Few policymakers have been around at the crux of energy discussions in the U.S. over the years more than Phil Sharp. An academic with a doctorate in political science who taught at Ball State University, Sharp was elected to Congress 1974 as a Democrat from Indiana. He became a crucial member of the all-important House Energy and Commerce Committee, and an expert on energy issues as chairman of the energy and power subcommittee. He was a key player in major energy and environmental legislation, including the 1990 Clean Air Act Amendments. Sharp left Congress in 1996 and headed the Institute of Politics at Harvard’s Kennedy School of Government until 2005, when he took charge of Resources for the Future. He recently talked with MANAGING POWER about his insights into energy policy and politics.
The Meaning of Energy Policy
“There is a myth about what we mean by energy policy in general discussion. Some people talk as if the government should be smart enough and have enough control to set the pattern for the country going forward. That’s a totalitarian concept that none of us really subscribe to.
“The reality is that government policies do matter and they can shape industry and the way it responds. But ours is a political system of dispersed political power. There is no central control. In the electricity industry policy is dispersed. State governments are as important as the federal government. In my experience in Congress, it was often easier to get agreement between government and industry than it was to get agreement between the federal government and state governments over jurisdictions.
“A most important factor is the economy, and that’s not under government control. In the U.S., the government is not the main supplier of capital. Government can make it easier to raise private capital or harder. In some cases government at the state and federal level is subsidizing capital. But what we really want out of energy policy is that most decisions are made from the private sector.
The Government’s Energy Record
“Government has a mixed record. Even if the government were able to come to a unified position, would it be the right position? Government can get it wrong, so when it comes to energy policy, let’s be careful of what we ask for.
“Shale gas illustrates how so many things in the past decade have been unexpected. While industry has to plan ahead, we have seen that it is very hard to get it right, and we simply have to understand we function in a very dynamic environment. The marketplace is dynamic, the technology is in flux, the regulatory challenges are changing. It puts a real premium on people who can think strategically and manage opportunistically.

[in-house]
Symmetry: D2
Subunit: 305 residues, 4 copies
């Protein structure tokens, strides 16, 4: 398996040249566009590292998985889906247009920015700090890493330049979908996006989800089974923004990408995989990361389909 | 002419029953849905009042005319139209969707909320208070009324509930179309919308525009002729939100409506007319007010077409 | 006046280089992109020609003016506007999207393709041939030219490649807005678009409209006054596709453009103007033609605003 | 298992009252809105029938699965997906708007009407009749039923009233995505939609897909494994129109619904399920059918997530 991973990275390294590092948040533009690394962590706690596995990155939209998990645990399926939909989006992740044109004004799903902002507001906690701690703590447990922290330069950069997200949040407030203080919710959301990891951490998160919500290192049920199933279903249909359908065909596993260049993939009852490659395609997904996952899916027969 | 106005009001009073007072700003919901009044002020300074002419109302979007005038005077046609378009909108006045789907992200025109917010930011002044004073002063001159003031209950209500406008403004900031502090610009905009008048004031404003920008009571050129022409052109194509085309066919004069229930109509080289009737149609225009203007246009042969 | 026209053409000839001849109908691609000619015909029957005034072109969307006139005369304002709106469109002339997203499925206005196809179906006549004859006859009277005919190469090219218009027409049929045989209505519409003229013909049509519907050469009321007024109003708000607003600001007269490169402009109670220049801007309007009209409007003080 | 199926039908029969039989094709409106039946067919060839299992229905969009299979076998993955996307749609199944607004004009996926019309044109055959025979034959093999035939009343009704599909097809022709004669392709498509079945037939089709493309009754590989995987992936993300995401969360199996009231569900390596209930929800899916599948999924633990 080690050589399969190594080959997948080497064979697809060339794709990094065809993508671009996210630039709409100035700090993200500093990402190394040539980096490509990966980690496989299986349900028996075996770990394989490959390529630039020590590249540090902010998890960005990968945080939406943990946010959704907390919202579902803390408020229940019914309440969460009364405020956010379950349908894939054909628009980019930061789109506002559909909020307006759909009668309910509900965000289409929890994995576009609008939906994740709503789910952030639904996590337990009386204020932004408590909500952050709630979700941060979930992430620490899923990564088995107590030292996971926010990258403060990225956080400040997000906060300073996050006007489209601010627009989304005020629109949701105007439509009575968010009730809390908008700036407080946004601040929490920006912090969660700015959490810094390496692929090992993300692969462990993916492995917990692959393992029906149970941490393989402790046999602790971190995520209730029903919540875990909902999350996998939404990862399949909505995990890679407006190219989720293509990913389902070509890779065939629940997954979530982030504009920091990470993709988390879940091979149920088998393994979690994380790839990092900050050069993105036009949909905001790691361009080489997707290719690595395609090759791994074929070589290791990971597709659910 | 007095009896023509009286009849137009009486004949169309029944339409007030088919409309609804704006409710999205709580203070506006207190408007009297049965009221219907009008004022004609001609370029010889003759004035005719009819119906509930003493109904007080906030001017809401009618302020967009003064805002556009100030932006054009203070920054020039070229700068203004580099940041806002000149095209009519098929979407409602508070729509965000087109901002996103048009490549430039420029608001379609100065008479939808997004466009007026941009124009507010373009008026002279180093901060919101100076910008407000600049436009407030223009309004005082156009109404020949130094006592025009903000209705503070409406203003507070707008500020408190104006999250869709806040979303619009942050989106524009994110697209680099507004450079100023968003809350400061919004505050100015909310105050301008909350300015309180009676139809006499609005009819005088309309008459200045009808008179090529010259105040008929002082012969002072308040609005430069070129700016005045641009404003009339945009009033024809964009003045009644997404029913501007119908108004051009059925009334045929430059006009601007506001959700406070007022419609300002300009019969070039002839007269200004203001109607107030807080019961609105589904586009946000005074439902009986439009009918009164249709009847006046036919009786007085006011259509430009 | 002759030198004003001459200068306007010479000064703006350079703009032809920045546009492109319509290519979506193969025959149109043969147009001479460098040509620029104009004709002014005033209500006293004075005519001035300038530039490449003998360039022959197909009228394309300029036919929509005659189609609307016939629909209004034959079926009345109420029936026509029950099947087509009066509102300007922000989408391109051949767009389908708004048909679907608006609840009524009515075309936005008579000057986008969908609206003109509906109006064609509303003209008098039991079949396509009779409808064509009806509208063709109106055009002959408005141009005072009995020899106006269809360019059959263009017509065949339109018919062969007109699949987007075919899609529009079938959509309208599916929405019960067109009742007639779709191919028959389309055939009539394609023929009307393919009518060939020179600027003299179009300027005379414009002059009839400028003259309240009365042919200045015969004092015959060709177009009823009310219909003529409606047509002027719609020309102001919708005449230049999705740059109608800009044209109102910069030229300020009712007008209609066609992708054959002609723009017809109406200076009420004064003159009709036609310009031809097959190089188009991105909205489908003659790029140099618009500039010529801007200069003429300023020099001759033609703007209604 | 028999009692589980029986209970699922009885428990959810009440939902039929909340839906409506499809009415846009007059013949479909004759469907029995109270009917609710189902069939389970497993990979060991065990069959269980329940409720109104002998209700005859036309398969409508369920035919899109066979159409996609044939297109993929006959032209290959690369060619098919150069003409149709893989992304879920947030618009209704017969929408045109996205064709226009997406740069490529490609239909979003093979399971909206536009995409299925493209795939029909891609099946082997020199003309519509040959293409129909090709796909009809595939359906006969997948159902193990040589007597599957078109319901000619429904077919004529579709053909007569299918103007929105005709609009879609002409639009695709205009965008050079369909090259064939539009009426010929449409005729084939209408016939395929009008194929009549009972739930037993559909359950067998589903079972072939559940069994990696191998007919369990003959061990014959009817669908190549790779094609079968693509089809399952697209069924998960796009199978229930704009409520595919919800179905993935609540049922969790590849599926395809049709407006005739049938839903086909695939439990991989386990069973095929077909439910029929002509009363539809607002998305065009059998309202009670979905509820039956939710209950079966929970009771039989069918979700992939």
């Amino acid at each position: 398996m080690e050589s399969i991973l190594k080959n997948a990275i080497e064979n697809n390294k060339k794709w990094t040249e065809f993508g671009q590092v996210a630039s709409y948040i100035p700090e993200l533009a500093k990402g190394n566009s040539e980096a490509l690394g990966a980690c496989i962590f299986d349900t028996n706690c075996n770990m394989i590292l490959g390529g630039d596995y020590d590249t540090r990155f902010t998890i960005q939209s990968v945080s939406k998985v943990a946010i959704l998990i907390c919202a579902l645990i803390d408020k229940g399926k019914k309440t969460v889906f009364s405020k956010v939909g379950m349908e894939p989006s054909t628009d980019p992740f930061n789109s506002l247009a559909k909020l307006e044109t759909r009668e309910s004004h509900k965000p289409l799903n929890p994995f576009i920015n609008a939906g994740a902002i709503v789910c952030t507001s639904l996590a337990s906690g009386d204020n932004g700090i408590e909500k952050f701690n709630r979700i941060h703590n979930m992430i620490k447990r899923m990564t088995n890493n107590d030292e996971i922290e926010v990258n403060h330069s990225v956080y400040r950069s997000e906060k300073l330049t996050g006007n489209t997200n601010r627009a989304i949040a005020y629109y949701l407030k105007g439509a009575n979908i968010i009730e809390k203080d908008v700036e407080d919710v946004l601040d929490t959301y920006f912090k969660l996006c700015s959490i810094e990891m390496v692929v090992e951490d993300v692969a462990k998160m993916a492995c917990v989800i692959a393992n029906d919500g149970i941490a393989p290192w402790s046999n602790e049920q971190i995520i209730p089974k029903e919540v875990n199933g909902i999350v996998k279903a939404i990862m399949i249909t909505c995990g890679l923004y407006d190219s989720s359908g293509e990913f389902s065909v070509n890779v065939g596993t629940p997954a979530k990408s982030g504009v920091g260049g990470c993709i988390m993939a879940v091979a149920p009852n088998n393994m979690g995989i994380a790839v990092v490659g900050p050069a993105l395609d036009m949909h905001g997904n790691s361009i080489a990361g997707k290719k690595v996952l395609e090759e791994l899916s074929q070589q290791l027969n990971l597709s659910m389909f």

The Electricity Demand Puzzle
“One of the big questions for electricity is where demand is headed. In the 1970s, we were looking at annual demand growth of 7%. But then that dropped radically. We are now facing a demand curve for many major utility systems that sees not much growth at all. Over the last five years, EIA has kept revising its demand growth projections downward, not up.
“We know some of the reasons for that, but not all, and it is hard to determine just what is significant. Economic growth is important, but will increased growth bring demand back? Or have we reached a point where economic efficiency is taking off faster than anticipated? End-use efficiencies are clearly making an impact.
The Revolutionary Role of Natural Gas
“The biggest game changer is gas supply and pricing. We now have a resource base that, 10 years ago, we did not think we could get. Most of the oil and gas industry didn’t plan for it; the utilities didn’t plan for it. But the fact is that the resource and the production means that prices are likely to remain lower. The question is whether price will be volatile, although it is clear that higher prices will yield greater production.
“Who would have believed that we would be closing down what appears to be a perfectly good nuclear plant—Kewaunee—purely on economic grounds. It looked like a great investment, worth investing in it to improve its capacity, now we are going to shut it down because it can’t compete with gas-fired power. Gas has also reshaped the coal market. Who would have said we would have virtually stopped building new coal plants? Part of that is environmental concerns, but a lot is economics.
“Another factor ahead is the introduction of renewables, particularly solar. It’s notable how much the cost of solar photovoltaics has dropped and how aggressively it is entering the marketplace, given state and federal policies and the ability to lease, rather than own, the equipment.
“The intermittency issue is now economic. It’s now a question of how other customers are subsidizing solar customers. It’s not only how to manage intermittency as a technical problem for the utility, but how to manage the economics. We may see a shift in the balance of how generators are paid for capacity versus how they are paid for the commodity.”
—Kennedy Maize, executive editor of MANAGING POWER conducted and edited this interview.